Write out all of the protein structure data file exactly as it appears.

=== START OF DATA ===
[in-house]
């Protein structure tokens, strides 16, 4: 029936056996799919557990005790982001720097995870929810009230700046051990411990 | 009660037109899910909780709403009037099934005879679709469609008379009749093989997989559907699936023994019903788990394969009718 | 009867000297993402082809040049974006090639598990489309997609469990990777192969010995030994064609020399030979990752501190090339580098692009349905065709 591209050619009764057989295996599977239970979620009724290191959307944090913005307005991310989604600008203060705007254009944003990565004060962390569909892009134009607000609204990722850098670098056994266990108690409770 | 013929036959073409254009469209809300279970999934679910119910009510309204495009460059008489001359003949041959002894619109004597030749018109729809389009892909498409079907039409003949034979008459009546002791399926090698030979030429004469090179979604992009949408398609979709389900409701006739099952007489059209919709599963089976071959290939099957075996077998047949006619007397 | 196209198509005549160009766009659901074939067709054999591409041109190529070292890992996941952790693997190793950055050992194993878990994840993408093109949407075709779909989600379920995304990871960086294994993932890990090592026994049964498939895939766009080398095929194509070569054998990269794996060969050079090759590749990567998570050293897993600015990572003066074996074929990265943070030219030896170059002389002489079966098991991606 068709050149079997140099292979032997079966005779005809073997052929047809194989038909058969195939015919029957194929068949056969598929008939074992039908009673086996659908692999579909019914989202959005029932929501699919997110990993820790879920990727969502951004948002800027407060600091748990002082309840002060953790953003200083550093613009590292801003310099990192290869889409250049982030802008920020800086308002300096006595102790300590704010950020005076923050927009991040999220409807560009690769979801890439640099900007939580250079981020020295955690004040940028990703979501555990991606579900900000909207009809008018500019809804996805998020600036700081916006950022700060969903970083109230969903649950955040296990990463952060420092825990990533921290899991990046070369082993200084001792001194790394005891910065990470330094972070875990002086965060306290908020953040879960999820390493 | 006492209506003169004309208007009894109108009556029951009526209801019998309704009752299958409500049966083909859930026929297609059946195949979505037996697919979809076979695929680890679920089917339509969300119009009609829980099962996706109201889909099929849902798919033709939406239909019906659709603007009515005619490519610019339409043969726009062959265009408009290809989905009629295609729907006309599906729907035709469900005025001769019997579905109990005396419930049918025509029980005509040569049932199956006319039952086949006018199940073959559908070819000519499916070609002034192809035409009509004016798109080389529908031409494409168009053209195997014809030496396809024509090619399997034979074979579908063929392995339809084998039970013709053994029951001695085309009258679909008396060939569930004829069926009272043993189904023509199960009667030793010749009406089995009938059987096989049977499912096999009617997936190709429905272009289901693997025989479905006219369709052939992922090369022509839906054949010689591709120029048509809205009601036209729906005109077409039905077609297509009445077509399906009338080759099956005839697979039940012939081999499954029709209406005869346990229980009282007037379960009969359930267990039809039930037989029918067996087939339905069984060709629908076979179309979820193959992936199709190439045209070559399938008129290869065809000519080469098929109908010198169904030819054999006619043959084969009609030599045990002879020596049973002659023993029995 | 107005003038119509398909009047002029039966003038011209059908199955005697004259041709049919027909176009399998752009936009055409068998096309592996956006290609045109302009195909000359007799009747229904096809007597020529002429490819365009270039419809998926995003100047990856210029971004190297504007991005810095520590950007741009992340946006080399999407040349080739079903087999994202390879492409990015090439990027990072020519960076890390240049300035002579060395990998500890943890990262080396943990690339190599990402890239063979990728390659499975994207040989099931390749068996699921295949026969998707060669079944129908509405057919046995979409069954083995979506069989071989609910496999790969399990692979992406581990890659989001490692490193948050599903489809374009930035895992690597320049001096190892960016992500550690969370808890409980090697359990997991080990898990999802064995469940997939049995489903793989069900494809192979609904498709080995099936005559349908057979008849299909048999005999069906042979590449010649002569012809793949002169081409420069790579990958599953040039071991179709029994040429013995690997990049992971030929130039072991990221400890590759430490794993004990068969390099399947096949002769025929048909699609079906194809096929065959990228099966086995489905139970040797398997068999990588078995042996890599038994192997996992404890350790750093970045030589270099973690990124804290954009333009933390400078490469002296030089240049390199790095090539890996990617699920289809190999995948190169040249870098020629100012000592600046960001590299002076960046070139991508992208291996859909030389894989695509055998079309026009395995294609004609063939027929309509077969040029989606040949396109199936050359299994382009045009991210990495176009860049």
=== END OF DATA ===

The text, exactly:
[in-house]
């Protein structure tokens, strides 16, 4: 029936056996799919557990005790982001720097995870929810009230700046051990411990 | 009660037109899910909780709403009037099934005879679709469609008379009749093989997989559907699936023994019903788990394969009718 | 009867000297993402082809040049974006090639598990489309997609469990990777192969010995030994064609020399030979990752501190090339580098692009349905065709 591209050619009764057989295996599977239970979620009724290191959307944090913005307005991310989604600008203060705007254009944003990565004060962390569909892009134009607000609204990722850098670098056994266990108690409770 | 013929036959073409254009469209809300279970999934679910119910009510309204495009460059008489001359003949041959002894619109004597030749018109729809389009892909498409079907039409003949034979008459009546002791399926090698030979030429004469090179979604992009949408398609979709389900409701006739099952007489059209919709599963089976071959290939099957075996077998047949006619007397 | 196209198509005549160009766009659901074939067709054999591409041109190529070292890992996941952790693997190793950055050992194993878990994840993408093109949407075709779909989600379920995304990871960086294994993932890990090592026994049964498939895939766009080398095929194509070569054998990269794996060969050079090759590749990567998570050293897993600015990572003066074996074929990265943070030219030896170059002389002489079966098991991606 068709050149079997140099292979032997079966005779005809073997052929047809194989038909058969195939015919029957194929068949056969598929008939074992039908009673086996659908692999579909019914989202959005029932929501699919997110990993820790879920990727969502951004948002800027407060600091748990002082309840002060953790953003200083550093613009590292801003310099990192290869889409250049982030802008920020800086308002300096006595102790300590704010950020005076923050927009991040999220409807560009690769979801890439640099900007939580250079981020020295955690004040940028990703979501555990991606579900900000909207009809008018500019809804996805998020600036700081916006950022700060969903970083109230969903649950955040296990990463952060420092825990990533921290899991990046070369082993200084001792001194790394005891910065990470330094972070875990002086965060306290908020953040879960999820390493 | 006492209506003169004309208007009894109108009556029951009526209801019998309704009752299958409500049966083909859930026929297609059946195949979505037996697919979809076979695929680890679920089917339509969300119009009609829980099962996706109201889909099929849902798919033709939406239909019906659709603007009515005619490519610019339409043969726009062959265009408009290809989905009629295609729907006309599906729907035709469900005025001769019997579905109990005396419930049918025509029980005509040569049932199956006319039952086949006018199940073959559908070819000519499916070609002034192809035409009509004016798109080389529908031409494409168009053209195997014809030496396809024509090619399997034979074979579908063929392995339809084998039970013709053994029951001695085309009258679909008396060939569930004829069926009272043993189904023509199960009667030793010749009406089995009938059987096989049977499912096999009617997936190709429905272009289901693997025989479905006219369709052939992922090369022509839906054949010689591709120029048509809205009601036209729906005109077409039905077609297509009445077509399906009338080759099956005839697979039940012939081999499954029709209406005869346990229980009282007037379960009969359930267990039809039930037989029918067996087939339905069984060709629908076979179309979820193959992936199709190439045209070559399938008129290869065809000519080469098929109908010198169904030819054999006619043959084969009609030599045990002879020596049973002659023993029995 | 107005003038119509398909009047002029039966003038011209059908199955005697004259041709049919027909176009399998752009936009055409068998096309592996956006290609045109302009195909000359007799009747229904096809007597020529002429490819365009270039419809998926995003100047990856210029971004190297504007991005810095520590950007741009992340946006080399999407040349080739079903087999994202390879492409990015090439990027990072020519960076890390240049300035002579060395990998500890943890990262080396943990690339190599990402890239063979990728390659499975994207040989099931390749068996699921295949026969998707060669079944129908509405057919046995979409069954083995979506069989071989609910496999790969399990692979992406581990890659989001490692490193948050599903489809374009930035895992690597320049001096190892960016992500550690969370808890409980090697359990997991080990898990999802064995469940997939049995489903793989069900494809192979609904498709080995099936005559349908057979008849299909048999005999069906042979590449010649002569012809793949002169081409420069790579990958599953040039071991179709029994040429013995690997990049992971030929130039072991990221400890590759430490794993004990068969390099399947096949002769025929048909699609079906194809096929065959990228099966086995489905139970040797398997068999990588078995042996890599038994192997996992404890350790750093970045030589270099973690990124804290954009333009933390400078490469002296030089240049390199790095090539890996990617699920289809190999995948190169040249870098020629100012000592600046960001590299002076960046070139991508992208291996859909030389894989695509055998079309026009395995294609004609063939027929309509077969040029989606040949396109199936050359299994382009045009991210990495176009860049």